The really big news here today and its effect are captured nicely in the opening sentence of the article from which the picture below is taken: "Ce matin, la France rigole". This morning, all France is laughing! I suppose, to be accurate, it should say "all France EXCEPT the fans of Olympique Marseilles is laughing", because our team, one of the most formidable in France, was eliminated from the Coupe de France tournament by Carquefou, a team which plays in an amateur league at or near the bottom of the multi-level soccer pyramid, several light years below OM. So one of the best teams in France, every one of whose starters is a full-time professional and millionaire, was beaten by a team some of whose members are: a real estate salesman, an administrative aide, a bartender, a bank employee, a student, a gym teacher and, the scorer of the only goal, a guy on unemployment.
This is not unlike the Yankees being beaten by the Sellwood Middle School team.
The prostrate figure in the photo below is Djibril Cisse, a native of Arles and therefore a home boy and favorite of the Marseilles fans, who is covered with tattoos and has a differently colored and styled coiffure every couple of weeks. He embodies the showbiz aspects of professional sports and he does a lot of posturing and finger-pointing. He's a striker, though, so I suppose a lot of that behavior comes with the position and he seems strangely likable. Paradoxically, although OM has played terribly in, and been eliminated from, every tournament it's been in this year it has played well and made a stunning comeback in the regular League 1 season. The team was plummeting into relegation (the bottom 3 teams at the end of the season are kicked down to the league below and the top 3 in that league come up to L1) but is now in 4th place, an amazing turnaround. As the noted American Philosopher of Sport, Al Michaels, has said: "Go figure!"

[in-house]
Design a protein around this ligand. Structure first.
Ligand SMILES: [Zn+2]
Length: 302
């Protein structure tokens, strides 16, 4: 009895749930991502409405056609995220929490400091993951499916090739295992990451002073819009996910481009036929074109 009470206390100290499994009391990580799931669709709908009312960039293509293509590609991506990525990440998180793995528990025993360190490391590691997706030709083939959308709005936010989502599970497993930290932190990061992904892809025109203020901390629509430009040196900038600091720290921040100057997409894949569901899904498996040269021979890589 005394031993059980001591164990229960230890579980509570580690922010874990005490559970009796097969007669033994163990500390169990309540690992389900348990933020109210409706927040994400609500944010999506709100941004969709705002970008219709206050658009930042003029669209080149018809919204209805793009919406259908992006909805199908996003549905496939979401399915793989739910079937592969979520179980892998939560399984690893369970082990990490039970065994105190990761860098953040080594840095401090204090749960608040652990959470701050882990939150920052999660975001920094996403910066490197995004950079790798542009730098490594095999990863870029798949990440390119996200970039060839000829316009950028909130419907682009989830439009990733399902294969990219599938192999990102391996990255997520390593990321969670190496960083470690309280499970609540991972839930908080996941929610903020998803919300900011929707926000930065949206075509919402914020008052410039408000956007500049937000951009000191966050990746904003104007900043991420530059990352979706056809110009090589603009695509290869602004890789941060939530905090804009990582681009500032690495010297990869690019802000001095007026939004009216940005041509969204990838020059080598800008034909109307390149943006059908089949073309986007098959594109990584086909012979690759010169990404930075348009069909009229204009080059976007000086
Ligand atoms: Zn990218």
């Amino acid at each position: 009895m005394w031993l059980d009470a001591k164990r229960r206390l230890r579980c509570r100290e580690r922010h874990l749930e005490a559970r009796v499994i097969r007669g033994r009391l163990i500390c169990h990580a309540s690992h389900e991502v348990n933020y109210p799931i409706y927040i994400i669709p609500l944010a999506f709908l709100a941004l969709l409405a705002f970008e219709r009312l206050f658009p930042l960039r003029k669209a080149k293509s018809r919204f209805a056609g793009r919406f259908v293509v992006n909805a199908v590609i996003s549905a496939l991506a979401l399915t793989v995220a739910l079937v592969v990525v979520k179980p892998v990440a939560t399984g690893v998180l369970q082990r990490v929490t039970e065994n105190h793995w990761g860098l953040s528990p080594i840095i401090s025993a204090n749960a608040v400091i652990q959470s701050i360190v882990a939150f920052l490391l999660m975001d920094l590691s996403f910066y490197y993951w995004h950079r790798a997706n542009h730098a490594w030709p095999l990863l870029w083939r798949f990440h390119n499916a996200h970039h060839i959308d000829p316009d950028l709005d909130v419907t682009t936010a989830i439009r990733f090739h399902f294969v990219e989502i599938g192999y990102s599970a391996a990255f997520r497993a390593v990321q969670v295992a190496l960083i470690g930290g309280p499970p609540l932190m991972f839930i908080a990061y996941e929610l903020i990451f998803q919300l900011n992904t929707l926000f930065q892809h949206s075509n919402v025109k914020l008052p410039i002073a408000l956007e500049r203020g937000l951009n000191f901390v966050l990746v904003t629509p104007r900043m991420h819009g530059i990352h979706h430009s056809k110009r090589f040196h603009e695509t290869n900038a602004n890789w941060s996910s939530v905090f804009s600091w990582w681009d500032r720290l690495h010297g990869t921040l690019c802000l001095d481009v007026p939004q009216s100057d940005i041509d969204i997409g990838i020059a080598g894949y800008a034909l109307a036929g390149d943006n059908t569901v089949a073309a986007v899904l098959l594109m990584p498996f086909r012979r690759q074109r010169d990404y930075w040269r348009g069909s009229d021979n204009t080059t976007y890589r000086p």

The dust is settling from the local elections, in which 36,700 municipalities of all shapes and sizes chose mayors and council members. If one of the candidates gets over 50% of the vote the first time around that candidate wins. If no one gets 50%, there's a second runoff election the following week - last Sunday. Apparently the vast majority of contests were determined the first week, with less than 4000 remaining to be determined by runoff (or second tour, as it's called). There was a slight shift to the left, as expected, in reaction against Nicolas Sarkozy and his party, the UMP, but nothing earth-shaking. I had to see the doctor this week and, speaking about the elections, he just laughed, shook his head and said something to the effect that "Plus ça change, plus c’est la même chose" (the more things change the more.., etc.). Here in Eguilles the incumbent, a representative of the "center-right", was confirmed in his post by 56% of the first vote, so a second poll wasn't necessary.
I've mentioned the good fortune we've had at a couple of crucial junctures in meeting really great people who've contributed to making this whole adventure possible. One was the woman who found our apartment for us, Rebecca. We met on the internet and just took a leap of faith and it couldn't have worked out better. She's originally from Australia, as is her husband, but they've been living here for 9 years or so. We hadn't actually met tete-a-tete until a few days ago, when Rebecca and her infant son, Jamie, and Lois and I got together at a cafe in Lambesc, a neighboring village where they live. I took some pictures of the village but somehow, incomprehensibly and unforgivably, came away without getting any of them, two of the most photogenic subjects it's been my fortune to encounter on this (or any) trip.
It's cold and windy today, but the sun is shining and spring is obviously enroute. These wild orchids, Orchis Tachete with an accent over the 2d 'e', are growing alongside the driveway. They're a protected species.